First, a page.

Joseph Birdsell

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Joseph Benjamin Birdsell (March 30, 1908 – March 5, 1994) of Harvard University and UCLA was an anthropologist who studied Australian Aborigines.[1]


Born in South Bend, Indiana, he earned his degrees at the Massachusetts Institute of Technology and Harvard University. He made his first field study in the Australian outback in 1938 and returned periodically to study microevolutionary processes.[1] Together with Norman Tindale, in field-work over 1938-29 in the Cairns rainforest, concluded that the indigenous 'pygmy' tribes there, which they collectively called Barrineans, belonged to a group that were genetically distinct from the majority of Australian aborigines, perhaps related to the Tasmanian people.[2] A photo exists showing Joseph Birdsell, height (six feet one inch), with a twenty-four-year-old male of the Gungganyji tribe (4 feet, 6 inches), taken at the Mona Mona Mission, near Kuranda[3][4]

He completed his doctoral degree at Harvard in 1941.[5]

After teaching briefly at the State College of Washington, he served as an Army Air Corps officer in World War II. He taught anthropology at UCLA from 1948 until his retirement in 1974, continuing his research, and writing many articles and a widely used textbook on human evolution. His lifework was summarised in a monograph published in 1993 by Oxford University Press.[1]

He died on March 5, 1994 in Santa Barbara of bone cancer.[1]

He was awarded a Guggenheim Fellowship in 1946, and several of his field seasons in the Australia were financed by the Carnegie Corporation. He had a productive 50-year collaboration with Norman Tindale of the South Australian Museum and University of Adelaide.[5][3]

He also collaborated with U.S. physical anthropologist Earnest Hooton.

The Birdsell model[edit]

Early scholars had tended to view the peopling of Australia as the result of three separate waves of immigration, with distinct human types. Birtdsell took a biological approach and did extensive work on anthropometrics to buttress his conjecture. This trihybrid model was resurrected and espoused by Birdsell,[6] and became a standard part of Australian history down from the 1940s. It was adopted by the then doyen of Australian historians, Manning Clark in his 6 volume history of the country.[7] In a recent polemic, Keith Windschuttle and Tom Gittin observed that the model had dropped from view, and attributed political motives to its disappearance off the popular and academic radar.[3][8] McNiven and Russell argue that the trihybrid theory was discarded as the natural outcome of advances in archaeological work on the populating of the Australian continent, and that Birdwell's theory's initial popularity was due to the old colonial mentality informing opinion, which saw in the successive wave theory support for the dispossession (in a fourth wave) of Aborigines and to undermine native title claims.[9]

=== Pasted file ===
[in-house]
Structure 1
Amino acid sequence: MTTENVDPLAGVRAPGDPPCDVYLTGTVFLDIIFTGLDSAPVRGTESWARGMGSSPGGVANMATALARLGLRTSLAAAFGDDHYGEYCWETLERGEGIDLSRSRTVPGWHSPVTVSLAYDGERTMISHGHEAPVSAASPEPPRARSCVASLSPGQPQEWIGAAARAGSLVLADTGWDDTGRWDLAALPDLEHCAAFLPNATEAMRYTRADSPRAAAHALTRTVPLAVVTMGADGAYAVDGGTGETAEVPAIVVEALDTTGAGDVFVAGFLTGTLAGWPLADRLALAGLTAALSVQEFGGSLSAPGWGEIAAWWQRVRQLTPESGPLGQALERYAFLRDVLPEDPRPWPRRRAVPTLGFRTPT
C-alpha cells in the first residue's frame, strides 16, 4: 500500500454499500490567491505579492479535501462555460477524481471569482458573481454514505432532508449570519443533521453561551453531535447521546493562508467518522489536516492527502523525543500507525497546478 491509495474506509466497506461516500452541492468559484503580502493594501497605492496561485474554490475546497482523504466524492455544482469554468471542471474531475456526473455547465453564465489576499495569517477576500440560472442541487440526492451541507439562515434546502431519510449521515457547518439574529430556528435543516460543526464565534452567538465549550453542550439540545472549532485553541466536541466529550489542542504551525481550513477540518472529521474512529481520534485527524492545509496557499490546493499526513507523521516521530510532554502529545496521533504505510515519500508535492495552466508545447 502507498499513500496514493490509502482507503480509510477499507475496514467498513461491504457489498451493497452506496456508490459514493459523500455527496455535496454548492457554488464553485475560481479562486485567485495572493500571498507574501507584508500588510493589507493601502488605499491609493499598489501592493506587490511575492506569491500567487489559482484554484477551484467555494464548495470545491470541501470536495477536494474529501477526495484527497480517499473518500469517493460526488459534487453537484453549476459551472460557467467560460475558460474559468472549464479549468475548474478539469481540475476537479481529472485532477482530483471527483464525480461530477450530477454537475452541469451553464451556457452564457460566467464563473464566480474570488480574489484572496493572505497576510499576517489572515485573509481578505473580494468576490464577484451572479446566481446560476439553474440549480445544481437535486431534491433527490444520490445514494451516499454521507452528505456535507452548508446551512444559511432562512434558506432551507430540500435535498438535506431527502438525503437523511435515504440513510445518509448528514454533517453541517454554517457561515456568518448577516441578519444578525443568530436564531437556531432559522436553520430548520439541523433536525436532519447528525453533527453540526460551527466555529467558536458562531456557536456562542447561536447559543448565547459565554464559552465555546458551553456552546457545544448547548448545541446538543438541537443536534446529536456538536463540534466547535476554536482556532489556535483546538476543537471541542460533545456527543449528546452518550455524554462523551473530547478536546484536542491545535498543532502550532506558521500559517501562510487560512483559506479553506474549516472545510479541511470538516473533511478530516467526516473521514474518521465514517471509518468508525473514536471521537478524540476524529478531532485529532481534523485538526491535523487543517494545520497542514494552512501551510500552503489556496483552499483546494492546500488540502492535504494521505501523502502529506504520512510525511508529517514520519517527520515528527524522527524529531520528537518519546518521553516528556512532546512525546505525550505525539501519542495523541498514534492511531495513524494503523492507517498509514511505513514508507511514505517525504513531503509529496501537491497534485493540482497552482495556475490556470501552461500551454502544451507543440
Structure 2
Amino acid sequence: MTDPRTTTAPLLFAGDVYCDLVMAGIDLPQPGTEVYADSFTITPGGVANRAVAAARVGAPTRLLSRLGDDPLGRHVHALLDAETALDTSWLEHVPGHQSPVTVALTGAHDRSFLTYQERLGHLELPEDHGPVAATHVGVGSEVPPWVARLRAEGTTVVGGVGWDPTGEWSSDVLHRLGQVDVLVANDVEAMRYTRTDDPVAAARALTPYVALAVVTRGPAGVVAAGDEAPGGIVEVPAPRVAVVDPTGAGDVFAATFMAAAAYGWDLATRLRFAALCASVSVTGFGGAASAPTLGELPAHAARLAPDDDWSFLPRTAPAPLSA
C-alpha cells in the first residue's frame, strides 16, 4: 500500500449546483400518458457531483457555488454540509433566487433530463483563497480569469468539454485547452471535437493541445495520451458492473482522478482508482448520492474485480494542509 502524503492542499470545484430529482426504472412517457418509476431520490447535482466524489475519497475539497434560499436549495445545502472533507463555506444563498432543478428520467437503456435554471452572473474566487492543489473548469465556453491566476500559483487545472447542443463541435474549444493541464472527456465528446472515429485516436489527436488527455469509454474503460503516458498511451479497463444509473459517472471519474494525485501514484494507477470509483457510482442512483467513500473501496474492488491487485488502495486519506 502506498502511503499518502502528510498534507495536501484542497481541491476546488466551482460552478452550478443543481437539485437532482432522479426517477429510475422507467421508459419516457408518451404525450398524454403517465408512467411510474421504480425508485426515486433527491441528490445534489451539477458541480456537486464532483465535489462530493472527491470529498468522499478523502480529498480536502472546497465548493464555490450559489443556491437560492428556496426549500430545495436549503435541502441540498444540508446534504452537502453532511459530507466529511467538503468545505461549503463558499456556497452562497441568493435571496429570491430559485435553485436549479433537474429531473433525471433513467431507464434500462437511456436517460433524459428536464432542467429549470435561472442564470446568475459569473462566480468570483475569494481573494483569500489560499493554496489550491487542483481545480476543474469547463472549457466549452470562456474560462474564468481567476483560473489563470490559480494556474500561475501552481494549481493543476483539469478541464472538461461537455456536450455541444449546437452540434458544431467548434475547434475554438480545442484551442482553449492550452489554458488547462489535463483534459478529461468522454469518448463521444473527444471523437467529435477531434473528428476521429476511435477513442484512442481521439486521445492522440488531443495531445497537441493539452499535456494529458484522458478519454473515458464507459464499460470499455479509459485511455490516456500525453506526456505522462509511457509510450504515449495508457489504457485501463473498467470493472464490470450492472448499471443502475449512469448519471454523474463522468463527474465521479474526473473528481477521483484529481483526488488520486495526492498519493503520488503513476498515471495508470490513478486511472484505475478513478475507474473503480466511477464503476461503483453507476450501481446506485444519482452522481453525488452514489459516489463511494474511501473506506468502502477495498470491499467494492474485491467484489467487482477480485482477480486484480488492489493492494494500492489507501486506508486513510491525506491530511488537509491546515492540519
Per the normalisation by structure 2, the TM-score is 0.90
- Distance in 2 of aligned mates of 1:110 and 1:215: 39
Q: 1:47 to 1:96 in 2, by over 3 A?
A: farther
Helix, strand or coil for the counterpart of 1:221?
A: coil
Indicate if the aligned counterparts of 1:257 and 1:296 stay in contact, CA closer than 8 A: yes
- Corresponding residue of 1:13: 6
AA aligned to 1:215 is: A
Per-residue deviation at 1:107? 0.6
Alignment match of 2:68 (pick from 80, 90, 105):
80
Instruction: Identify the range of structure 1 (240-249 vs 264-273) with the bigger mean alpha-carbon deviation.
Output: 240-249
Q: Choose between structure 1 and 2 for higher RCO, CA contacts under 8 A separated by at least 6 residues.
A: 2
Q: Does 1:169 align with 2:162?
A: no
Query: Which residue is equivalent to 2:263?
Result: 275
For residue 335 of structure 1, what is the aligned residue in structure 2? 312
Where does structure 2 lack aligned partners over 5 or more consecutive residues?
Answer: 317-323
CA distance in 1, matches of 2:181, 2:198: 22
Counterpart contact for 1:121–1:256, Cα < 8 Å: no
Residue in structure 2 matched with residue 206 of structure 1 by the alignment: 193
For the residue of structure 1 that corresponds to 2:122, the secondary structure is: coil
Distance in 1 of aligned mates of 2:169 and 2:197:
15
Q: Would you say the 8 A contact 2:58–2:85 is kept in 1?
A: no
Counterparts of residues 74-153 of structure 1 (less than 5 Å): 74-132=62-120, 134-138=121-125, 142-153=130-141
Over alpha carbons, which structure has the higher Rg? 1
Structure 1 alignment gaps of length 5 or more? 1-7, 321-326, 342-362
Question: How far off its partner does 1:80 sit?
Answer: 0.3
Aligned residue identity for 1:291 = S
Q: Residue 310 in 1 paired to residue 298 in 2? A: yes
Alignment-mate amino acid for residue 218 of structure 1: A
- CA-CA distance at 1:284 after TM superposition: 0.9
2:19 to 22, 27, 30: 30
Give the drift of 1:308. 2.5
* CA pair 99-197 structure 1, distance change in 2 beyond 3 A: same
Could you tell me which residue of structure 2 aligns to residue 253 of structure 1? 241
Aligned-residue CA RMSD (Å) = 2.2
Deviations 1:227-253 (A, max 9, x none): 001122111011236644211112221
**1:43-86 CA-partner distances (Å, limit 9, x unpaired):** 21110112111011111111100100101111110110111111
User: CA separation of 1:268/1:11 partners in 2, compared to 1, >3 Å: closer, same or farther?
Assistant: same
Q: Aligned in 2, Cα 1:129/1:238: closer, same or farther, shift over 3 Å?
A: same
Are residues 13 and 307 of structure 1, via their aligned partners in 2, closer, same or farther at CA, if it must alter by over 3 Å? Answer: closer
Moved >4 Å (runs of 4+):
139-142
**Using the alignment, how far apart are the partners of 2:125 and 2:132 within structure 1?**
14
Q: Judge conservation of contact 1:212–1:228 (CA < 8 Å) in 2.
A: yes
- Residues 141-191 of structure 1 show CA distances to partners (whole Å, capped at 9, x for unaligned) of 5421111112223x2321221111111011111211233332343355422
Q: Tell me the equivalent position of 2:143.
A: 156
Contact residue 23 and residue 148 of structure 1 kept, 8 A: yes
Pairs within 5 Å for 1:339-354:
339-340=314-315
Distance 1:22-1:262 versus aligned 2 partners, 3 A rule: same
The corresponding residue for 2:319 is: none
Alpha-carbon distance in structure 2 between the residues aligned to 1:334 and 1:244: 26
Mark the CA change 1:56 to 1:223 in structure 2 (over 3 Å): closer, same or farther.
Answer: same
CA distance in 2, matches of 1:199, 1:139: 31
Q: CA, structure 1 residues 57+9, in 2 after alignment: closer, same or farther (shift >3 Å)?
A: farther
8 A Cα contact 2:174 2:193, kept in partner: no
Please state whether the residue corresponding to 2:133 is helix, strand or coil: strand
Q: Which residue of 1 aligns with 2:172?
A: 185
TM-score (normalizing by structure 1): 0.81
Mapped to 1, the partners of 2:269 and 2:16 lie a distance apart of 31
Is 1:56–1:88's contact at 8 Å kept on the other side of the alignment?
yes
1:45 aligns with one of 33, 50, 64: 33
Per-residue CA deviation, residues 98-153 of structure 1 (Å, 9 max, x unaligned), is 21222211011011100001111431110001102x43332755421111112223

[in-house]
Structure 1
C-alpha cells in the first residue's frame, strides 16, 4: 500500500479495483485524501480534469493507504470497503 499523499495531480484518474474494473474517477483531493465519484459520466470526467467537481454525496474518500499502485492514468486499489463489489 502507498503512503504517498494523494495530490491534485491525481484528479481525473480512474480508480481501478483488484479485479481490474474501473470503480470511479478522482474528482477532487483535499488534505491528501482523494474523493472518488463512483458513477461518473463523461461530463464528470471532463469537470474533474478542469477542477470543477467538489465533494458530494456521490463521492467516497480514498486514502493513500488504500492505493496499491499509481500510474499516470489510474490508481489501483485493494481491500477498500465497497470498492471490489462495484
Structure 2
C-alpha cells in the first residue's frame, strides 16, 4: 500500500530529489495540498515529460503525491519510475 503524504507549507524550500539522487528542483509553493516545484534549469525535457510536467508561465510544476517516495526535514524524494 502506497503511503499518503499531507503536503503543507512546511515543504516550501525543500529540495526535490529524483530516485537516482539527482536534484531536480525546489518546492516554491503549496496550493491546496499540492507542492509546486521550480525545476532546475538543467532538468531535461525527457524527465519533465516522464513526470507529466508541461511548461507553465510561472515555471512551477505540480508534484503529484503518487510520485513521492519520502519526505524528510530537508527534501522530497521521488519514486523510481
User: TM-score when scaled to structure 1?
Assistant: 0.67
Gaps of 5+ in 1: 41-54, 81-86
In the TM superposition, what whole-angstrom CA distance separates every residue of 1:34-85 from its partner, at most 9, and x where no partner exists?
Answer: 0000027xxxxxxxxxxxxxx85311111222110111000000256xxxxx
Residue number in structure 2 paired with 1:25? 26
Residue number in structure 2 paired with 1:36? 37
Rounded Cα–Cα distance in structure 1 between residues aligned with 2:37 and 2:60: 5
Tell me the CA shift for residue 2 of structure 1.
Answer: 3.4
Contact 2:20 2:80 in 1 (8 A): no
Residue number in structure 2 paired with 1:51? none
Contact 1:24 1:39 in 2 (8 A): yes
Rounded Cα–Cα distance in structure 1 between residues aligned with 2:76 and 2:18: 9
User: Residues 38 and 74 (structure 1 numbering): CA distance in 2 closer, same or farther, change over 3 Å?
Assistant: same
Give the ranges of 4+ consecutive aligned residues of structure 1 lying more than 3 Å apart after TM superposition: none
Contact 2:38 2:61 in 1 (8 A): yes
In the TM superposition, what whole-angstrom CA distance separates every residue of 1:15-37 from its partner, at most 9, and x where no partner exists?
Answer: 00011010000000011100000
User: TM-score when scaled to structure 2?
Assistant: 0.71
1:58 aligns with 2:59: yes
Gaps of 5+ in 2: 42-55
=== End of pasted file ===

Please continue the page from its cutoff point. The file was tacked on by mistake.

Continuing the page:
In his seminal paper of 1977, 'The recalibration of a paradigm for the first peopling of Greater Australia' examined the standard models for the origins of the Australian Aborigines regarding how human migration from South East Asia could cross the Sahul barrier. Birdsell theorized a distinctive model challenging the accepted view, outlining three variants for a northerly model positing a route through Sulawesi, and two for a conduit to the southern continent via Timor.[10]


His publications included:

  • Birdsell, Joseph, B. (1986). "Some predictions for the Pleistocene based on equilibrium systems among recent hunter gatherers". In Lee, Richard & Irven DeVore. Man the Hunter. Aldine Publishing Co. p. 239. 
  • Birdsell, Joseph 1987. Some reflections on fifty years in biological anthropology in Annual Review of Anthropology 16(1):1-12.
  • Norman B. Tindale and Joseph B. Birdsell, "Results of the Harvard-Adelaide Universities Anthropological Expedition, 1938-1939: Tasmanoid Tribes in North Queensland", Records of the South Australian Museum, 7 (1), 1941-3, pp 1–9
  • Tindale and Birdsell, "Tasmanoid Tribes in North Queensland"
  • Joseph Birdsell, "A preliminary report on the trihybrid origin of the Australian aborigines", American Journal of Physical Anthropology, 28 (3), 1941, p 6
  • J. B. Birdsell, "Preliminary data on the trihybrid origin of the Australian Aborigines", Archaeology and Physical Anthropology in Oceania, 2 (2), 1967, pp 100–55;
  • Joseph B. Birdsell, "Microevolutionary Patterns in Aboriginal Australia", Oxford University Press, New York, 1993. (Review)
  • J. B. Birdsell and W. Boyd, "Blood groups in the Australian Aborigines", American Journal of Physical Anthropology, 27, 1940, pp 69–90;
  • Joseph Birdsell, "Results of the Harvard-Adelaide Universities Anthropological Expedition, 1938-39: The racial origins of the extinct Tasmanians", Records of the Queen Victoria Museum, II (3), 1949
  • J. B. Birdsell, "Human Evolution: An Introduction to the New Physical Anthropology", Houghton Mifflin, Boston (1972) (Amazon, Google books)
  • J. B. Birdsell, Carlton S Coon and Stanley M Garn "Races: a Study of Race formation in Man" (1950)